At the start of November, I ran a seminar for a university transmedia course on ARGs, Alternate Reality Games. I was looking specifically at examples of three ARG-like projects had been taken as real, with disturbing effects. This post lists some of the links that I referred to. Another will follow with some thoughts on ARGs.
Located in the New Jersey Pine Barrens, Ong’s Hat was listed as a town on early maps of the area. It may have been the site of a small village, but it was probably just the site of a Ong’s hut, a place a farmer named Ong stopped on his way to market. But even by the 1930s, Ong’s Hat still appeared on maps of the area, although there was nothing there but the remains of an old shack in the middle of New Jersey’s ancient forest.
Fast-forward to the 1980s, when strange stories started appearing seemingly at random on bulletin board services and ‘zines detailing an elaborate conspiracy concerning a group of mystics and scientists who opened a door between dimensions at Ong’s Hat.
The story, created by Joseph Matheny and detailed in his book The Incunabula Papers: Ong’s Hat And Other Gateways To New Dimensions, is a work of fiction, but many of the weirdos and cranks who followed the elaborate breadcrumb trail of clues Matheny and others left were convinced it was real. As late as the 2000s, truth-seekers were showing up at Matheny’s door looking for the true story of Ong’s Hat.
The Prop Anon Podcast explores the life and work of American novelist, Robert Anton Wilson through interviews and discussions with some of the most cutting-edge artists and thinkers around today. The Prop Anon Podcast presents interviews with Artists, Journalists, Comedians Comic Book Writers, Scientists, Community Activists, and Musicians as we think of ways to make existence, in the words of Bill Hicks, “a better ride” for everyone on Spaceship Planet Earth!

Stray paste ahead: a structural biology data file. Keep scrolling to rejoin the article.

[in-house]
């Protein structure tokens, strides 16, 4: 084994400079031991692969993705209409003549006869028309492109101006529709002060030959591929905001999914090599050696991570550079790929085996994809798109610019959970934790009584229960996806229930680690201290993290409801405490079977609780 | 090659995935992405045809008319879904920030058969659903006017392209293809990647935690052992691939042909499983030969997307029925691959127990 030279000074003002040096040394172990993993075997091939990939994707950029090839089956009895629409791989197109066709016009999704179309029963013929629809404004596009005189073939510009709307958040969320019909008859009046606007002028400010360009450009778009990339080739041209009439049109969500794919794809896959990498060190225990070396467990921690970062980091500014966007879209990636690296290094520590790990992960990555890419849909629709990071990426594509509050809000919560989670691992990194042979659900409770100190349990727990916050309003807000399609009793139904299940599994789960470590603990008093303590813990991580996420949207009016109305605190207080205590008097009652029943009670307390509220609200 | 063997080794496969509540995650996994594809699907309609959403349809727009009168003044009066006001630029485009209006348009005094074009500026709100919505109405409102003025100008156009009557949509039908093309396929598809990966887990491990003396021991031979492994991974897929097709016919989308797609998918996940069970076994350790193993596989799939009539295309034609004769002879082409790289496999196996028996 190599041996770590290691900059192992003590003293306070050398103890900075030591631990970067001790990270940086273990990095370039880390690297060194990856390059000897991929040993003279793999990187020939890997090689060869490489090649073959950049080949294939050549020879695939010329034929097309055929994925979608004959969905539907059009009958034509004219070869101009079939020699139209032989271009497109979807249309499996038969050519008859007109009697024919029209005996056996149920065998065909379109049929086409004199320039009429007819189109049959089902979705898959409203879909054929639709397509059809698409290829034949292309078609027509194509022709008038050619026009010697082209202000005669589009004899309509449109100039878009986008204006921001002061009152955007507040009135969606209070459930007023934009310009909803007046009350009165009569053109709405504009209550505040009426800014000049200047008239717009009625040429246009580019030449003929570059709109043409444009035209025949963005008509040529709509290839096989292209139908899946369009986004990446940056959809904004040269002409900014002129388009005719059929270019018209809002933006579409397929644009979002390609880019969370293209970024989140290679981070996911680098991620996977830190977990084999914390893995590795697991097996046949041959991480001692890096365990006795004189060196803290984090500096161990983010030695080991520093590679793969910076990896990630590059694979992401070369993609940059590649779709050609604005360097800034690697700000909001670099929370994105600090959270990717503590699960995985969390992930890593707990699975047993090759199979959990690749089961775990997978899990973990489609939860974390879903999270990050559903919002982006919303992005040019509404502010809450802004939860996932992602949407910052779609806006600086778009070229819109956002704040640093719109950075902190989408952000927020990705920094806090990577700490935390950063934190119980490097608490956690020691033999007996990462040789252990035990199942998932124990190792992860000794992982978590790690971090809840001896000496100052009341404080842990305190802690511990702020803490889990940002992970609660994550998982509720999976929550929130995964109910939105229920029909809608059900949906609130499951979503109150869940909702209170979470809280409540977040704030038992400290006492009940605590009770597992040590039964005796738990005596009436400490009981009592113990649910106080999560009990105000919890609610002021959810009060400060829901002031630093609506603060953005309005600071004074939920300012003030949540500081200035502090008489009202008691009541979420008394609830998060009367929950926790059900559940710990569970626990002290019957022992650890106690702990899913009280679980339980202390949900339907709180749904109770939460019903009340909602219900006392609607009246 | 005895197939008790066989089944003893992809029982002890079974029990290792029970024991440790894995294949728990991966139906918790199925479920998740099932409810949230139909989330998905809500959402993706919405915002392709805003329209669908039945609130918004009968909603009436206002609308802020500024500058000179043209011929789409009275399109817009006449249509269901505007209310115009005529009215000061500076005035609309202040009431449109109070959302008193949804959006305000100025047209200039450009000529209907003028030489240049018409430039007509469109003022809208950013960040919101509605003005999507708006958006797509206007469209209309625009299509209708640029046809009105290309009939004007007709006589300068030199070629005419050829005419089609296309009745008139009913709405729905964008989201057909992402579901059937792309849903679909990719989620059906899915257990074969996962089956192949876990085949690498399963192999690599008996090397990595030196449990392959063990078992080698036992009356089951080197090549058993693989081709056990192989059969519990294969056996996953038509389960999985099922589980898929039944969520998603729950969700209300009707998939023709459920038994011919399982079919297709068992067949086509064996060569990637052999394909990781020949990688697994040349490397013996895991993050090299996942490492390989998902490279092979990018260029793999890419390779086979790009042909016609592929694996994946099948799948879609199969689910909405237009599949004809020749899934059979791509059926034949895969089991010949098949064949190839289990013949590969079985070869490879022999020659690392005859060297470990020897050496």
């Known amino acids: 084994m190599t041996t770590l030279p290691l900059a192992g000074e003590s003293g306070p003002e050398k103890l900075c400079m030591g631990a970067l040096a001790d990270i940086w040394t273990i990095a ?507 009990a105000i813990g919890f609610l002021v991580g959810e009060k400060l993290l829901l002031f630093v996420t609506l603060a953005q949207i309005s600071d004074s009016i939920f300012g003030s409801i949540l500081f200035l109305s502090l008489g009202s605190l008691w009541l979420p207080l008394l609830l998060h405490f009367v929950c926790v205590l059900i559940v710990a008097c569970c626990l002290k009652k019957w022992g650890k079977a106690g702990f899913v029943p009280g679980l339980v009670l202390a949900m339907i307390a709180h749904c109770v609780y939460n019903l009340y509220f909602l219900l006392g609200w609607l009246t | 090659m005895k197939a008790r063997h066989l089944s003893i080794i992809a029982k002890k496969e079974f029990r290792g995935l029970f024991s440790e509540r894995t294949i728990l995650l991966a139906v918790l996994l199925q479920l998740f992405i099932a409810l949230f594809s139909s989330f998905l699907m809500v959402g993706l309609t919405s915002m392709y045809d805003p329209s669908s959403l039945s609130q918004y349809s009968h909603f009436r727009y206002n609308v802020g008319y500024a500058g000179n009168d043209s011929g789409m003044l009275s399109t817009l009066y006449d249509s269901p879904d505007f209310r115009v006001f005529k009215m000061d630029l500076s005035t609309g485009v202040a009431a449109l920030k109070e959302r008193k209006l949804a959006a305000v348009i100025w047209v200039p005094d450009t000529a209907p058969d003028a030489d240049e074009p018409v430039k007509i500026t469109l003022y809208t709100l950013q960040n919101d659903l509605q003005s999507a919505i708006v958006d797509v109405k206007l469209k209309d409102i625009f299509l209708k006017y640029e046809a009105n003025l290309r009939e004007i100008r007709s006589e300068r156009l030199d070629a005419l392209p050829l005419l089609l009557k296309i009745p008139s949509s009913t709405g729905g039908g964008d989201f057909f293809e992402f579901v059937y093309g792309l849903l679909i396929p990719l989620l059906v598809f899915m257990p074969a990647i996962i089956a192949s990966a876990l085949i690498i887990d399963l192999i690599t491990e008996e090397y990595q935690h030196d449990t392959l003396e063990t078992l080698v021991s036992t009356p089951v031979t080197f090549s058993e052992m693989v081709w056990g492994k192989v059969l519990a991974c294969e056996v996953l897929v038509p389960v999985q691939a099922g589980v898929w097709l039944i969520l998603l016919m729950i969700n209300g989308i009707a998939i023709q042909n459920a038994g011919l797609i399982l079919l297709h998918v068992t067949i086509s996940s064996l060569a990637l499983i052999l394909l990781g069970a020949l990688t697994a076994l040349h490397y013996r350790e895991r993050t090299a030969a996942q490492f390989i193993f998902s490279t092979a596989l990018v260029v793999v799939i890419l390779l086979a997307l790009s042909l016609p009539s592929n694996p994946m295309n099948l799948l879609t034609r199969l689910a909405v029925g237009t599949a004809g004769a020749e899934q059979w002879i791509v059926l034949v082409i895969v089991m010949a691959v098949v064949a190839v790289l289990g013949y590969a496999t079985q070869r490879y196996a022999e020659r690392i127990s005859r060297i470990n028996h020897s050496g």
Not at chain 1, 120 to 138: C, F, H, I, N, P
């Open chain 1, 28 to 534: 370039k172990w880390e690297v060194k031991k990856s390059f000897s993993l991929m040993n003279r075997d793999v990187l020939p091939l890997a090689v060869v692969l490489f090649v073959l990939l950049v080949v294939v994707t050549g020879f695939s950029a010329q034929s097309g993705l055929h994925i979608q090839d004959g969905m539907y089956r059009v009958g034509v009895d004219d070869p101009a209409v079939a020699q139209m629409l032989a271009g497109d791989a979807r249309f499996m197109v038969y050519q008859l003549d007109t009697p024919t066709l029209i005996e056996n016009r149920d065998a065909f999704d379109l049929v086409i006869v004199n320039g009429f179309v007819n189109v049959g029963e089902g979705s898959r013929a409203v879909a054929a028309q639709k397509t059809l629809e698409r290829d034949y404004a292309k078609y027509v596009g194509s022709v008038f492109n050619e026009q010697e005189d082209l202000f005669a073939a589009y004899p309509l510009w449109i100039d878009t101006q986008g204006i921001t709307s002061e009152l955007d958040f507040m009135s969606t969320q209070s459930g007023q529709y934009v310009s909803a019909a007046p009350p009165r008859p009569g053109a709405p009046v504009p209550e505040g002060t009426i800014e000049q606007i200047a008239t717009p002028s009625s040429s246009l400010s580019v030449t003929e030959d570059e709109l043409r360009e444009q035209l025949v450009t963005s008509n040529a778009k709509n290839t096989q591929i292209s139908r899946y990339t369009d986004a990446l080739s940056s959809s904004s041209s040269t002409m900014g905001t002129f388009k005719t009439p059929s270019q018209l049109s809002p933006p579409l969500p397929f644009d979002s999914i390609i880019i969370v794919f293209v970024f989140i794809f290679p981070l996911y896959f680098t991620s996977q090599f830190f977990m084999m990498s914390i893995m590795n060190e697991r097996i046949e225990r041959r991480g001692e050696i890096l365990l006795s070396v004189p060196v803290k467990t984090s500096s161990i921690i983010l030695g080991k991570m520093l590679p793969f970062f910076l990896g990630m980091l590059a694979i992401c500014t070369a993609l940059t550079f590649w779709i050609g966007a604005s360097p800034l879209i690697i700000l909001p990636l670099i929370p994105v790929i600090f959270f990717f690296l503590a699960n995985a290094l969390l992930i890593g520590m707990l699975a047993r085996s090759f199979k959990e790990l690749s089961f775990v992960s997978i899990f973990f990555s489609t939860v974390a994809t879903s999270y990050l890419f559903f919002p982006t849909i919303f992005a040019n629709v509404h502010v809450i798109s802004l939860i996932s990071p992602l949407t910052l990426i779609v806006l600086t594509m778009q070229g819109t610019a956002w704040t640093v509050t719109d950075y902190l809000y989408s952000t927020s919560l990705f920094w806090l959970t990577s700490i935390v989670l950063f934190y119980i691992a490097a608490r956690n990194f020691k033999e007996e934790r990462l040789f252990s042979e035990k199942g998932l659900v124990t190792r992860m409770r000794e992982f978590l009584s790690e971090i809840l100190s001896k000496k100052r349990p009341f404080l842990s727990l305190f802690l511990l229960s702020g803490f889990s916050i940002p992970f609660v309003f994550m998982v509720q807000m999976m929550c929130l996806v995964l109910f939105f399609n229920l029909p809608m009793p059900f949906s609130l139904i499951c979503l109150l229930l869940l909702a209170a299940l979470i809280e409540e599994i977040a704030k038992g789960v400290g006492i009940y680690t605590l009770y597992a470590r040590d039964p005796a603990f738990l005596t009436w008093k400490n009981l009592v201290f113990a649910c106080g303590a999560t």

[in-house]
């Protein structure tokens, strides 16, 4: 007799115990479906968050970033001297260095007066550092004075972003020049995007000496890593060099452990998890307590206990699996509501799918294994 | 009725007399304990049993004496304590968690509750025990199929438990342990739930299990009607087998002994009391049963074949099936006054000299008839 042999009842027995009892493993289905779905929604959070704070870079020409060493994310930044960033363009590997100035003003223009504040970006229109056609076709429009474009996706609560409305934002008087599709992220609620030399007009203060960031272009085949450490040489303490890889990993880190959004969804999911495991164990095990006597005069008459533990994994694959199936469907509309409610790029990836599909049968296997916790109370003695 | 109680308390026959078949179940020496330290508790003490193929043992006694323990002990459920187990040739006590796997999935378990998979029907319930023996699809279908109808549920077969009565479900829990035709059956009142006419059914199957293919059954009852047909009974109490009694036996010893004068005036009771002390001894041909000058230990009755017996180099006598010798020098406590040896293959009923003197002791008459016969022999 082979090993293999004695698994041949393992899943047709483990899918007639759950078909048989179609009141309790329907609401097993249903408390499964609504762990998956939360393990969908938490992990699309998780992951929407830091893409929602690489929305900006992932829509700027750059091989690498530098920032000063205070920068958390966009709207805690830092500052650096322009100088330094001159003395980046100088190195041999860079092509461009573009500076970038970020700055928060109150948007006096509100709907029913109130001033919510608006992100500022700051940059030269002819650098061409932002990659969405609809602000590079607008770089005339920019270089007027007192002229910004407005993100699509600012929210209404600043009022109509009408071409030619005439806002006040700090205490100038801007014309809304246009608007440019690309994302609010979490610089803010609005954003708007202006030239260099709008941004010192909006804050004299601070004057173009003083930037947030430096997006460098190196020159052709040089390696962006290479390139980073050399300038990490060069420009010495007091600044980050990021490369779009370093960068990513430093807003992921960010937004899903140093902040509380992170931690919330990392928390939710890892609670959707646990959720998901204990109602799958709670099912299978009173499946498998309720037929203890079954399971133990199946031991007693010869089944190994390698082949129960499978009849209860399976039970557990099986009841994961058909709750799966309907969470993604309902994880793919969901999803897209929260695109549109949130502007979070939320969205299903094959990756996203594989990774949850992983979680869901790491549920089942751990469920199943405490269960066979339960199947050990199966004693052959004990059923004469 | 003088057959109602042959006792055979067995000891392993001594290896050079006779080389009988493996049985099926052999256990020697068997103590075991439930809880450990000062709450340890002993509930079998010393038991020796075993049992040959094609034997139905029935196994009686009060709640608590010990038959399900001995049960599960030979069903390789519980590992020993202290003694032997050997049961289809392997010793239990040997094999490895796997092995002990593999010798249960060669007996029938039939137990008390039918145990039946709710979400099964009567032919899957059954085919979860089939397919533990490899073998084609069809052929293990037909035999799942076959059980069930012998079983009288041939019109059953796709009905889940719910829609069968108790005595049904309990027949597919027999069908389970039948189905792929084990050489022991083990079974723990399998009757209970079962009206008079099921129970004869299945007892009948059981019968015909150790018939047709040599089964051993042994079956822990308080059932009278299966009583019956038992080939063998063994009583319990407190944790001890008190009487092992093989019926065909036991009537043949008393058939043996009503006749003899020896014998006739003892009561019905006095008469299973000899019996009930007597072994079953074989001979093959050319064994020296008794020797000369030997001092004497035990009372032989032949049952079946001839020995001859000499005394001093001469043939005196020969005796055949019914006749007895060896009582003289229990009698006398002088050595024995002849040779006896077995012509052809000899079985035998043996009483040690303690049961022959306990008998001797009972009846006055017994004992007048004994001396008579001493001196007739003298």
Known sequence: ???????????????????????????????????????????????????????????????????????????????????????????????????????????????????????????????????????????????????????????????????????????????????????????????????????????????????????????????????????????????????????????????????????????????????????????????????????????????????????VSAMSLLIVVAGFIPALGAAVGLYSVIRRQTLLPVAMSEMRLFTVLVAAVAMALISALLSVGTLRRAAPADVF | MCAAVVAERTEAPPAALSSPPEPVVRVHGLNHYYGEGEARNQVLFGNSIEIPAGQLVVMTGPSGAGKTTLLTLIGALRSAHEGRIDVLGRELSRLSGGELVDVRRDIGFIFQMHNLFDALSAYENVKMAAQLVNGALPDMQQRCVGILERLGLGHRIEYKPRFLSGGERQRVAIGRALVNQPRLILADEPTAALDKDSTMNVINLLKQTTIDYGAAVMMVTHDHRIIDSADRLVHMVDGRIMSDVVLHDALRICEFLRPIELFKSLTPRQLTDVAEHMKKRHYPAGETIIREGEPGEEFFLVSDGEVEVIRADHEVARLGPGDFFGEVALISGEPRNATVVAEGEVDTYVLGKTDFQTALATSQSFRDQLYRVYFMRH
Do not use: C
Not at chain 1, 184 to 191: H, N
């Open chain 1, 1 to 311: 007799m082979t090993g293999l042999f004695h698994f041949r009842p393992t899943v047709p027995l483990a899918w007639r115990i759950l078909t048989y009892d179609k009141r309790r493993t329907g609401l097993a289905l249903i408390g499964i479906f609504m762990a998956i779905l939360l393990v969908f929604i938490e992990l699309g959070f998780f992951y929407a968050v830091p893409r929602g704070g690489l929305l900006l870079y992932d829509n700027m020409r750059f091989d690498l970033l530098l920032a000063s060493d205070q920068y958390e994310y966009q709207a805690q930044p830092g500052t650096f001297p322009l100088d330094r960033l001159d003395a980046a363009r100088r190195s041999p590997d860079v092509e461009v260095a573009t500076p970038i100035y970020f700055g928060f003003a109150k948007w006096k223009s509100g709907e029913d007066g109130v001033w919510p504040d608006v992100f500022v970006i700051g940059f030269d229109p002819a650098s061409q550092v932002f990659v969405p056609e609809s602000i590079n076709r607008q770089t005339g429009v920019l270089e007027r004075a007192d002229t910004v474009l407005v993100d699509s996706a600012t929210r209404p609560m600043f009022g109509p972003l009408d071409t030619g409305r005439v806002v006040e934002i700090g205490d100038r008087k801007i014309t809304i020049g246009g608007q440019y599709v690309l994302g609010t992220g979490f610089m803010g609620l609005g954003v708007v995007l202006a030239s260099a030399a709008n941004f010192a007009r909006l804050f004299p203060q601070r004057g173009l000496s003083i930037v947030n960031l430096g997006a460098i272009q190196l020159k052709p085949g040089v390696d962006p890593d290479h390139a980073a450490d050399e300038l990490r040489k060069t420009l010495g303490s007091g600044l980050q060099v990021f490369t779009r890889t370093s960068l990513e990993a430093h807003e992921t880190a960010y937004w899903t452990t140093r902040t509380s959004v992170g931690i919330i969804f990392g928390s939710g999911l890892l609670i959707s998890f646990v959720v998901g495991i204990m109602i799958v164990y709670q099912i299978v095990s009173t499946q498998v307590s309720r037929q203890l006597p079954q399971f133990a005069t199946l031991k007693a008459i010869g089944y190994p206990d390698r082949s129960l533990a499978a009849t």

Joseph Matheny, transmedia Artist and creator of Ong’s Hat, the first Alternative Reality Game speaks about ‘weaponized’ ARGs, propaganda, how to free oneself from mental slavery, and works of Robert Anton Wilson
I had a wonderful conversation with Gabriela L. Laracca of Asbury Park Press which was a rather atypical interview about Ong’s Hat because it focused on one of my passions, long-distance hiking.
Here’s a fun article about hiking in Ong’s Hat.
It’s no question that weird things can be felt in the eerily silent trails in the Pine Barrens.
The cracking of every twig prompts an over-the-shoulder glance for things unknown.
It’s like you’re in a scary movie — or at least getting into the Halloween spirit.
For those not faint of heart, mysterious legends are waiting to be found, hidden along the same trails their subjects once walked (or ran) hundreds of years ago.
One of these is the Batona Trail (short for “back to nature”), which spans from Pemberton to Little Egg Harbor through 50 miles of sand and pitch pines. It has several trailheads, some with grim stories.
The most notorious is the legend of Ong’s Hat. The Ong’s Hat Trailhead is just off of Magnolia Road, which can be reached via Route 70 in Pemberton.
The leaf-covered Batona Trail at the Ong’s Hat trailhead in Pemberton.
This portion of town, once called Ong’s Hat, was believed to be named after a former resident — and he was a bit of a lady’s man. That was until a woman became angry with him and stomped on his hat, prompting him to storm off in a rage, only to throw his hat into the air and get it stuck in a tree. It hung there as an eerie reminder for years.
Visitors began to recognize the town by the hat, and all that’s left today of the small village are ruins of a ghost town that no one seems to be able to find.
Now for the fun part: Some believe it’s a portal to an alternate dimension.
A rundown of the John Titor legend from one of my favorite Youtube Channels The Why Files. The part about yours truly starts at 23:42 or just watch the entire piece (recommended). As far as the veracity of this claim? I plead the fifth.
New Jersey is one of the most historic states in the U.S.; because of this, it definitely has its fair share of abandoned and forgotten communities.
The village known as Ong’s Hat in Burlington County can be found within New Jersey’s Pine Barrens. This small community can be seen on many maps throughout history, some of which date back centuries. The earliest findings are on a map made in 1778. According to local legend, the town had just a handful of houses as well as a hotel and thriving dance hall. As industry changed and the landscape of America shifted, the town slowly became completely abandoned.
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